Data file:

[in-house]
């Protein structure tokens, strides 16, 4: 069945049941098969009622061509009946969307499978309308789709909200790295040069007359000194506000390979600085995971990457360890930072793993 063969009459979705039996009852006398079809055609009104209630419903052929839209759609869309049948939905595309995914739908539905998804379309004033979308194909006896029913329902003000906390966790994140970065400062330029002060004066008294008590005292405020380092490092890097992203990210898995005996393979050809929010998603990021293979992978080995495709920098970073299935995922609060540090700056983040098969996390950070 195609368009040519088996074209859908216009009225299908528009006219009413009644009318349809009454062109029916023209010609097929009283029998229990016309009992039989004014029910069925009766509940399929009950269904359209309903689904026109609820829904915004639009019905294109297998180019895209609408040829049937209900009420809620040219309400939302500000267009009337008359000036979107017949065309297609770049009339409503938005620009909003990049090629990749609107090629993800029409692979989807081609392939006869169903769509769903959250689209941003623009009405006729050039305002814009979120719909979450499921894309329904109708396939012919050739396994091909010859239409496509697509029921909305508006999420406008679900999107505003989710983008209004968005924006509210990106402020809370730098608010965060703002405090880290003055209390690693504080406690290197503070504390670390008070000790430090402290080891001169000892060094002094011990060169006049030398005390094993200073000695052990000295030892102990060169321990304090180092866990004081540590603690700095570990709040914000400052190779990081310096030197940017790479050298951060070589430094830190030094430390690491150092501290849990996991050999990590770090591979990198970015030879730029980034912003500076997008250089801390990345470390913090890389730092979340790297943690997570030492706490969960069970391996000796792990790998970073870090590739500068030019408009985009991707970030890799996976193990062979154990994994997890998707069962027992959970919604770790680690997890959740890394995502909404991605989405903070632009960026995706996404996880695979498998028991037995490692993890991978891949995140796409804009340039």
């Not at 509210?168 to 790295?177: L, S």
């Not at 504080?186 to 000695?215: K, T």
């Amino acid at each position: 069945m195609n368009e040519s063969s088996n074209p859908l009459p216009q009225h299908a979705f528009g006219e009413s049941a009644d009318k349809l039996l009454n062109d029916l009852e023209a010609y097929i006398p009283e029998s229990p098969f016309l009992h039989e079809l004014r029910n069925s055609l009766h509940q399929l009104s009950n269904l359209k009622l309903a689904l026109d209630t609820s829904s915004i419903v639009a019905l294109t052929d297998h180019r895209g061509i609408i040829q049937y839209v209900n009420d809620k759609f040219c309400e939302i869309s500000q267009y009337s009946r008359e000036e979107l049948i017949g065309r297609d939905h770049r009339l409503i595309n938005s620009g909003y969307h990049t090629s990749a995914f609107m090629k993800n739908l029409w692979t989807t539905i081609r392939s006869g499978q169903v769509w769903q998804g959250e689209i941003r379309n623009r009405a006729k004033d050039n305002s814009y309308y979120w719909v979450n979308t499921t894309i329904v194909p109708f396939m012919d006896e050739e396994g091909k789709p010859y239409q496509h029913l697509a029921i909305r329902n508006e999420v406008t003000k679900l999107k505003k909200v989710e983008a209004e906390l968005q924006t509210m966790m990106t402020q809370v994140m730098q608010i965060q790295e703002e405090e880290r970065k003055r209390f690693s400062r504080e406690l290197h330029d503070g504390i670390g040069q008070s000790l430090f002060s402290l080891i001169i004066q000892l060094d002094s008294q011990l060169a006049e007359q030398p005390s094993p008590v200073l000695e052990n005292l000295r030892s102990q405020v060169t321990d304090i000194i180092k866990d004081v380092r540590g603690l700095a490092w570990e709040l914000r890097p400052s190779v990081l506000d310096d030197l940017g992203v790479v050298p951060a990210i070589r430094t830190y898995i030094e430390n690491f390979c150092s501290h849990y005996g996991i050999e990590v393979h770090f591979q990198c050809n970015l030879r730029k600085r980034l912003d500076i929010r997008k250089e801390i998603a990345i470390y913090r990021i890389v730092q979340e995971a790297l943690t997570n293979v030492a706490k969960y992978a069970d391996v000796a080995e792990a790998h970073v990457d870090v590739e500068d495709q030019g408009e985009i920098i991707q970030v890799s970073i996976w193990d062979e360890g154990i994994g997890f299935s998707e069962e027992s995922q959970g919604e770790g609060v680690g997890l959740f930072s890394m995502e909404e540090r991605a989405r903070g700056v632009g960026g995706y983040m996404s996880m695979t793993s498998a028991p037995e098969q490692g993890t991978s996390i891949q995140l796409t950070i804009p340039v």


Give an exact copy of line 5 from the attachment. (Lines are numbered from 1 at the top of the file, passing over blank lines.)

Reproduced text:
């Amino acid at each position: 069945m195609n368009e040519s063969s088996n074209p859908l009459p216009q009225h299908a979705f528009g006219e009413s049941a009644d009318k349809l039996l009454n062109d029916l009852e023209a010609y097929i006398p009283e029998s229990p098969f016309l009992h039989e079809l004014r029910n069925s055609l009766h509940q399929l009104s009950n269904l359209k009622l309903a689904l026109d209630t609820s829904s915004i419903v639009a019905l294109t052929d297998h180019r895209g061509i609408i040829q049937y839209v209900n009420d809620k759609f040219c309400e939302i869309s500000q267009y009337s009946r008359e000036e979107l049948i017949g065309r297609d939905h770049r009339l409503i595309n938005s620009g909003y969307h990049t090629s990749a995914f609107m090629k993800n739908l029409w692979t989807t539905i081609r392939s006869g499978q169903v769509w769903q998804g959250e689209i941003r379309n623009r009405a006729k004033d050039n305002s814009y309308y979120w719909v979450n979308t499921t894309i329904v194909p109708f396939m012919d006896e050739e396994g091909k789709p010859y239409q496509h029913l697509a029921i909305r329902n508006e999420v406008t003000k679900l999107k505003k909200v989710e983008a209004e906390l968005q924006t509210m966790m990106t402020q809370v994140m730098q608010i965060q790295e703002e405090e880290r970065k003055r209390f690693s400062r504080e406690l290197h330029d503070g504390i670390g040069q008070s000790l430090f002060s402290l080891i001169i004066q000892l060094d002094s008294q011990l060169a006049e007359q030398p005390s094993p008590v200073l000695e052990n005292l000295r030892s102990q405020v060169t321990d304090i000194i180092k866990d004081v380092r540590g603690l700095a490092w570990e709040l914000r890097p400052s190779v990081l506000d310096d030197l940017g992203v790479v050298p951060a990210i070589r430094t830190y898995i030094e430390n690491f390979c150092s501290h849990y005996g996991i050999e990590v393979h770090f591979q990198c050809n970015l030879r730029k600085r980034l912003d500076i929010r997008k250089e801390i998603a990345i470390y913090r990021i890389v730092q979340e995971a790297l943690t997570n293979v030492a706490k969960y992978a069970d391996v000796a080995e792990a790998h970073v990457d870090v590739e500068d495709q030019g408009e985009i920098i991707q970030v890799s970073i996976w193990d062979e360890g154990i994994g997890f299935s998707e069962e027992s995922q959970g919604e770790g609060v680690g997890l959740f930072s890394m995502e909404e540090r991605a989405r903070g700056v632009g960026g995706y983040m996404s996880m695979t793993s498998a028991p037995e098969q490692g993890t991978s996390i891949q995140l796409t950070i804009p340039v």